All of the transmissions available in the market today is continuing to grow exponentially in the last 15 years, all while increasing in complexity. The result is usually that we are now coping with a varied number of transmitting types including manual, standard automatic, automated manual, dual clutch, continuously variable, split power and real EV.
Until very recently, automotive vehicle manufacturers largely had two types of tranny to choose from: planetary automatic with torque converter or conventional manual. Today, nevertheless, the volume of options avaiable demonstrates the changes seen over the industry.
That is also illustrated by the many various kinds of vehicles now being produced for the market. And not merely conventional vehicles, but also all electrical and hybrid vehicles, with each type requiring different driveline architectures.
The traditional development process involved designing a transmission in isolation from the engine and the rest of the powertrain and vehicle. Nevertheless, that is changing, with the limitations and complications of this method becoming more more popular, and the constant drive among manufacturers and designers to provide optimal efficiency at decreased weight and cost.
New powertrains feature close integration of components like the primary mover, recovery systems and the gearbox, and in addition rely on highly advanced control systems. That is to ensure that the best amount of efficiency and functionality is delivered all the time. Manufacturers are under improved pressure to create powertrains that are brand new, different from and better than the last version-a proposition that’s made more technical by the necessity to integrate brand components, differentiate within the marketplace and do it all on a shorter timescale. Engineering teams are on deadline, and the development process must be better and fast-paced than previously.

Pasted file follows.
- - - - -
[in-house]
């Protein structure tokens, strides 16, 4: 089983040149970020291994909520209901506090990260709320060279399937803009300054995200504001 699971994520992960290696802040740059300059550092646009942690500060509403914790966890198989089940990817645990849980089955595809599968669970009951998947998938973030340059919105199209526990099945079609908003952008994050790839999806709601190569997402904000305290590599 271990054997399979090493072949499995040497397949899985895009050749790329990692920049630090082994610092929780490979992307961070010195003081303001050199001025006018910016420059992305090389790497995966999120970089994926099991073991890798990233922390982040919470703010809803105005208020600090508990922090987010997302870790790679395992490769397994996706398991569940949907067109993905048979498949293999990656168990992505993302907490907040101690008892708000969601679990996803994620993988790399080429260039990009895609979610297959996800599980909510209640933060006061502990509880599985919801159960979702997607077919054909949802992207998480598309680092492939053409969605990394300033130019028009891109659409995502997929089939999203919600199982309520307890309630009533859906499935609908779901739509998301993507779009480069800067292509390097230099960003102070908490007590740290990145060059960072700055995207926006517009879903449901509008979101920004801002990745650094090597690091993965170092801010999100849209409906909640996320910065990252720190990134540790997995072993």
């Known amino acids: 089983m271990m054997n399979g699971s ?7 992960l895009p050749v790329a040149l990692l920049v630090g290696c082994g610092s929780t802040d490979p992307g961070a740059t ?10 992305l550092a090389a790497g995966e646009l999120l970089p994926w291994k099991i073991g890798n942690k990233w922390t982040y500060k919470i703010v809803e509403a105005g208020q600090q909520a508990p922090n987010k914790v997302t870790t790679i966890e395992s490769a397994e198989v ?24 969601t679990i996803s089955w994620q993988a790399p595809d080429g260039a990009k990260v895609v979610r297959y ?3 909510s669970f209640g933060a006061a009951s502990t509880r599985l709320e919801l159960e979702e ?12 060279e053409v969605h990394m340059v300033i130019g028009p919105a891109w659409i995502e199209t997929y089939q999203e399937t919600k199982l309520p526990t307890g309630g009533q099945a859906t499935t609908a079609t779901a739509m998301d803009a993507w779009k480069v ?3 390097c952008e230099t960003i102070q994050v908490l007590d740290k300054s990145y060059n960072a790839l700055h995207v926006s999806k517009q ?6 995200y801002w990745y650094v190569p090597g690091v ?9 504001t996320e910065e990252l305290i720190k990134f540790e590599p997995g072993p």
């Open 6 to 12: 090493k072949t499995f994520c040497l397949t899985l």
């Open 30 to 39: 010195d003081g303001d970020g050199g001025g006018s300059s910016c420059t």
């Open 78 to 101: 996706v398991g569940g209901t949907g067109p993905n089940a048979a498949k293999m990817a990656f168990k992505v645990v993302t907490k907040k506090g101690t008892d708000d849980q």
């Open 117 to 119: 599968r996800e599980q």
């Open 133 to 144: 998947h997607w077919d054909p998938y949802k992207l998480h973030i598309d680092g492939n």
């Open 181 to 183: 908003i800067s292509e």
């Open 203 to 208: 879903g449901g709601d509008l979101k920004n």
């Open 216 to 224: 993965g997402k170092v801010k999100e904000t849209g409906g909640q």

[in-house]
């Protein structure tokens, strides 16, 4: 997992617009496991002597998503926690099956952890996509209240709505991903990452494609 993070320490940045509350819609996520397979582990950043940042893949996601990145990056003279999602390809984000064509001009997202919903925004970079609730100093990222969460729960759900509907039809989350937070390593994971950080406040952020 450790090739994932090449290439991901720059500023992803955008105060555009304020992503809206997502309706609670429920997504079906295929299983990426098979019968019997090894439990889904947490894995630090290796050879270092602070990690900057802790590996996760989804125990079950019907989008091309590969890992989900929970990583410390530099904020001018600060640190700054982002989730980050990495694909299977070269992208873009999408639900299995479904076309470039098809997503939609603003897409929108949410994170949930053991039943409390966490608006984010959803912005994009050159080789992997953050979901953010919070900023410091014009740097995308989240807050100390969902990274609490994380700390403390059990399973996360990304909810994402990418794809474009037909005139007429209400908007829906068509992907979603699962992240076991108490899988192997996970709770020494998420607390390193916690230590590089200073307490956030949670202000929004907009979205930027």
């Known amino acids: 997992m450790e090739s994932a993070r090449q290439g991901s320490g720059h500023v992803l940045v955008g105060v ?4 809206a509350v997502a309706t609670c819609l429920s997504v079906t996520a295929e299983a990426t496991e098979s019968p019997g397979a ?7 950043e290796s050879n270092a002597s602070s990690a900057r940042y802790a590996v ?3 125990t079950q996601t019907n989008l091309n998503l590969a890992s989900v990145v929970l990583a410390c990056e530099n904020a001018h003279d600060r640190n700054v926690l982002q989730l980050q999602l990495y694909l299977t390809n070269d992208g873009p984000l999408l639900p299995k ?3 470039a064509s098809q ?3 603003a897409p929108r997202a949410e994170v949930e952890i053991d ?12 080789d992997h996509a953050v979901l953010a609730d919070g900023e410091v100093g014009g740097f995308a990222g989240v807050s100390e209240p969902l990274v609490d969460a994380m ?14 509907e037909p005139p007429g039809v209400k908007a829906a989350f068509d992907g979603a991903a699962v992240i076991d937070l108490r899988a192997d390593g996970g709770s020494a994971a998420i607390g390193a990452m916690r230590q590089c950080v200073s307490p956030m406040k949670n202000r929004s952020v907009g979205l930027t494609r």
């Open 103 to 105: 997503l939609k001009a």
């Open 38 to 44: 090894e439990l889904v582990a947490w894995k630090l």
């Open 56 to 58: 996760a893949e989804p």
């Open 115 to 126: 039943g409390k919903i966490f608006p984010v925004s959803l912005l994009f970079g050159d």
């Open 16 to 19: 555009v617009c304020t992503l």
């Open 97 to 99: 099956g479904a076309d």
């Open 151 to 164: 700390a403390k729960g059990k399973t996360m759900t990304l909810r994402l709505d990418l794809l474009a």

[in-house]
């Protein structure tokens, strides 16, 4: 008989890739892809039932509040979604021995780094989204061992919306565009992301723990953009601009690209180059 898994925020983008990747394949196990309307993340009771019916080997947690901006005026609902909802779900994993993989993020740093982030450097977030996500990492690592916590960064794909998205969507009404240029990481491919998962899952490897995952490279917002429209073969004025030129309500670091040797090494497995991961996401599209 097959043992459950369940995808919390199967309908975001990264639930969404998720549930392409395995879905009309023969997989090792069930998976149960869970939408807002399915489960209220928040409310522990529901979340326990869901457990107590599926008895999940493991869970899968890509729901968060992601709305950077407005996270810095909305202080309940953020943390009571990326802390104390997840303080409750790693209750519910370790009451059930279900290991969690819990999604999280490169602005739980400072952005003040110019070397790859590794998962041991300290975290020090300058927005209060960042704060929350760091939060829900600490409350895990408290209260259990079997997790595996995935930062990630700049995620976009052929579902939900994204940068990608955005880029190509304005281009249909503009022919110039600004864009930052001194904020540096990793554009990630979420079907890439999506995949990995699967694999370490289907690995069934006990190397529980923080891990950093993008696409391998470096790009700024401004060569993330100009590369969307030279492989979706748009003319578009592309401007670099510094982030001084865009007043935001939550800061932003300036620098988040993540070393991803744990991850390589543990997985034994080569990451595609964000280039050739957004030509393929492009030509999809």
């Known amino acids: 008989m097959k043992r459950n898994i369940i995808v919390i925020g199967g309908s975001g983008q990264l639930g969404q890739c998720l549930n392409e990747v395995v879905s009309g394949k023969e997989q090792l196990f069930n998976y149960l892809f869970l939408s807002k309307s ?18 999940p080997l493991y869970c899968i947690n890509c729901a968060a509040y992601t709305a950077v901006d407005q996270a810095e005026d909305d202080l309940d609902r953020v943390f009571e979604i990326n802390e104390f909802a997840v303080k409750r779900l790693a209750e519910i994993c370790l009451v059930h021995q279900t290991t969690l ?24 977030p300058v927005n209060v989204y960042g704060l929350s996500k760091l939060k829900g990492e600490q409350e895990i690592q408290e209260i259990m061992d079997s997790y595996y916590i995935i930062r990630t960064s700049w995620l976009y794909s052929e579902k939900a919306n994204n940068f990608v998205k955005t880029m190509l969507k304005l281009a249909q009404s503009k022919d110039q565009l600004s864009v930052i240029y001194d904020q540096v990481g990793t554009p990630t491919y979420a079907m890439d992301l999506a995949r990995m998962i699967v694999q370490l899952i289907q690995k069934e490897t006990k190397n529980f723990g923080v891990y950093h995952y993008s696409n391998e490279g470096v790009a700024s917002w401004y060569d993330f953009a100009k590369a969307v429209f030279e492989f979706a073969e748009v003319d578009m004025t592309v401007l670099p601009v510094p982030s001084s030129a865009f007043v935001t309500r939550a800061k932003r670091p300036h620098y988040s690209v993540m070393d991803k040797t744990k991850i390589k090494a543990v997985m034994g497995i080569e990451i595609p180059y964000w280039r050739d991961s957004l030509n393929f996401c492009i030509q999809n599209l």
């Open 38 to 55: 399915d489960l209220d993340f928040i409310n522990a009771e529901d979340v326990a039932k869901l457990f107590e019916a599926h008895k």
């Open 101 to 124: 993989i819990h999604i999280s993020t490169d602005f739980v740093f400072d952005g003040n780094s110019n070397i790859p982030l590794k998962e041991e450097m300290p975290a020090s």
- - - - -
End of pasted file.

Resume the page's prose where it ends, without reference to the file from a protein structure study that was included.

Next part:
Until now, the use of computer-aided engineering (CAE) has been the most typical way to develop drivelines. This process Driveline gearboxes involves parts and subsystems designed in isolation by silos within the business that lean toward confirmed component-level analysis tools. While they are highly advanced equipment that allow users to extract very dependable and accurate data, they are still presenting data that is collected without consideration of the complete system.
While this may produce components that work very well individually, putting them with each other without prior account of the entire system can create designs that don’t work, leading to issues in the driveline that are difficult and expensive to improve.